To examine whether the postpartum depression (PPD) subgroup with positive antithyroid antibodies (Ab+) compared with the PPD subgroup without positive presence of Ab (Ab -) have a different psycho-social and psychopathological characteristics.
One hundred three (N=103) patients with PPD according with DSM-IV criteria were included. Autoimmune status of the thyroid (Thyroperoxidasa antibodies, Thyroglobulin antibodies), severity of depression and anxiety (EPDS and 21-item Hamilton and STAI-S scales), psychosocial variables (Early Trauma Inventory, Saint Paul Ramsey Questionnaire, Marital Adjustment Test) were assessed joint with other several demographics and reproductive variables.
The presence of childhood sexual abuse in PPD women increase the probability of Ab(+) (OR= 2,528 ; 95% CI =1,00-6,39). The levels of Thyroid peroxidase antibodies (TPOAb) titers have a strongly correlation (p<0,000) with the levels of the Early Trauma Inventory.
The results of our study give a link between early stress, the immune system, and postpartum depression.The implication of the immunitary system in the etiopathogenesis of the PPD through the long lasting sensitization of the inflammatory response system and the endocrine system in front to stress behind the CNS and their transmisors and receptors activation is discussed.
The aim of this study was to examine the temperament and character profile as risk factors of interferon and ribavirin (IFN+RBV) induced psychopathology in chronic hepatitis C patients. According to the Cloninger's biosocial model (TCI), the temperament dimension harm avoidance (HA) is suggested to indicate central serotonergic turnover, which is further correlated with depressive/anxiety states.
198 patients with chronic hepatitis C in treatment with IFN+RBV were evaluated at baseline and 4, 12 and 24 weeks of treatment. All subjects were assessed by the Patient Health Questionnaire (PHQ), the Hospital Scale of Anxiety and Depression (HADS) and the Temperament and Character Inventory-revised (TCI-R) questionnaire (at basal level).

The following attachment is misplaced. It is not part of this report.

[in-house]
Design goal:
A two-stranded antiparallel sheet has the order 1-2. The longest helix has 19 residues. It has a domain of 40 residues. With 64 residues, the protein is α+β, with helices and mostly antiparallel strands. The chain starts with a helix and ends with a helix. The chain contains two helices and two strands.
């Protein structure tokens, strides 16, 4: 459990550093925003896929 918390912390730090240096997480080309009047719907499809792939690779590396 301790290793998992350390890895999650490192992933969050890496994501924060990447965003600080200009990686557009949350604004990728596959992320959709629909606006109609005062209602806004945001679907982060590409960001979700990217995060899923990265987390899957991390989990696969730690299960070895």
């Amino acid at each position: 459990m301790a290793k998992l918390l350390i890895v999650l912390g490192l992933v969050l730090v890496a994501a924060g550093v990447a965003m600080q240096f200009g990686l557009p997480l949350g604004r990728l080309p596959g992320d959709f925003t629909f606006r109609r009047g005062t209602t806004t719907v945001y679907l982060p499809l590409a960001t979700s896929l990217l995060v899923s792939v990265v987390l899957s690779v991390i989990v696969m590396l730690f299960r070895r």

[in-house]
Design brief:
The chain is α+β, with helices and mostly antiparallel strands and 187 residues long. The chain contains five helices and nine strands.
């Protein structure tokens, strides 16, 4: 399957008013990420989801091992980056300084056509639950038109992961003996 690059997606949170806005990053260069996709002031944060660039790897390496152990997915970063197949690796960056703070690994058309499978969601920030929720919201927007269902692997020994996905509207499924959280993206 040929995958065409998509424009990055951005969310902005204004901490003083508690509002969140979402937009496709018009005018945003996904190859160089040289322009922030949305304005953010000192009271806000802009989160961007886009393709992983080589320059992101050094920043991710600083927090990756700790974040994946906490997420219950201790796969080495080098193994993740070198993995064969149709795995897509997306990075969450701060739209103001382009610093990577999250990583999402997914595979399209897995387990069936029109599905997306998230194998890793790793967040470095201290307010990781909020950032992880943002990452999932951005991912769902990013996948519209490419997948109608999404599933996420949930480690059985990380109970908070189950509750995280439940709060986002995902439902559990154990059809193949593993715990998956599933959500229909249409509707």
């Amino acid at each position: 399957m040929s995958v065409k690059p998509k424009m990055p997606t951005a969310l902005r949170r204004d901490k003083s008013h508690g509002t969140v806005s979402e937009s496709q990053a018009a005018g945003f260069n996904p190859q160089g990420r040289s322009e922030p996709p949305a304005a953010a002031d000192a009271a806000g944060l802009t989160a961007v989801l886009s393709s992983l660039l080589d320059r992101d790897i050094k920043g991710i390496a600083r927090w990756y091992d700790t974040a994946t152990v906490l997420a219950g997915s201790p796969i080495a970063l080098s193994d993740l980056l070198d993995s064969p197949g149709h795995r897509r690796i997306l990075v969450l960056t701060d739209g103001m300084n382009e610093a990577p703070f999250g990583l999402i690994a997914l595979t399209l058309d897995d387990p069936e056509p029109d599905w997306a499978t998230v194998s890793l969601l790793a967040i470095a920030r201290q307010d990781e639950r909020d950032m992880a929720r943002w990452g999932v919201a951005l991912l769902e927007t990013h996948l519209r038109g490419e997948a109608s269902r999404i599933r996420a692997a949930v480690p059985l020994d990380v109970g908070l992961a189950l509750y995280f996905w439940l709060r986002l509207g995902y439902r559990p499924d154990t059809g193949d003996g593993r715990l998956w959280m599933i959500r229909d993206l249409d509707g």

At baseline, 32 patients had a psychiatric syndrome (16.1%). During the first six months of IFN+RBV treatment the incidence of depression/anxiety syndromes was 37.9% (n=63/166). The personality factors associated (p<0.001, corrected) were: HA dimension; fatigability subscale (HA4), anticipatory worry subscale (HA1); self-directedness dimension (SD); congruent subscale (SD5); and; social acceptance subscale (C1). By logistic regression analysis the independent variables that most predict the induced cases (PHQ+) (dependent variable) were: previous history of mood disorder (p<0.001; Exp(b)=5.655), and both HA4 (p<0.001; Exp(b)=1,104) and C1 (p<0.001; Exp(b)=0.845) subscales.
The assessment of personality traits (HA, C) and previous history of psychiatric disorders before start the IFN+RBV treatment in chronic hepatitis C patients might identify the patients at risk of induced depression/anxiety disorders during the treatment.
This study has been done in part with grants: Instituto-Carlos III (G03/02) (Red-Hepatología) and (GO3/184) (Red-Genotipación/Psiquiatría Genética).
Although there is considerable evidence on the impact of negative life events during childhood on the etiology of psychiatric disorders, little is known about the specific influence on the social anxiety disorder. The objective of the study was to examine this association.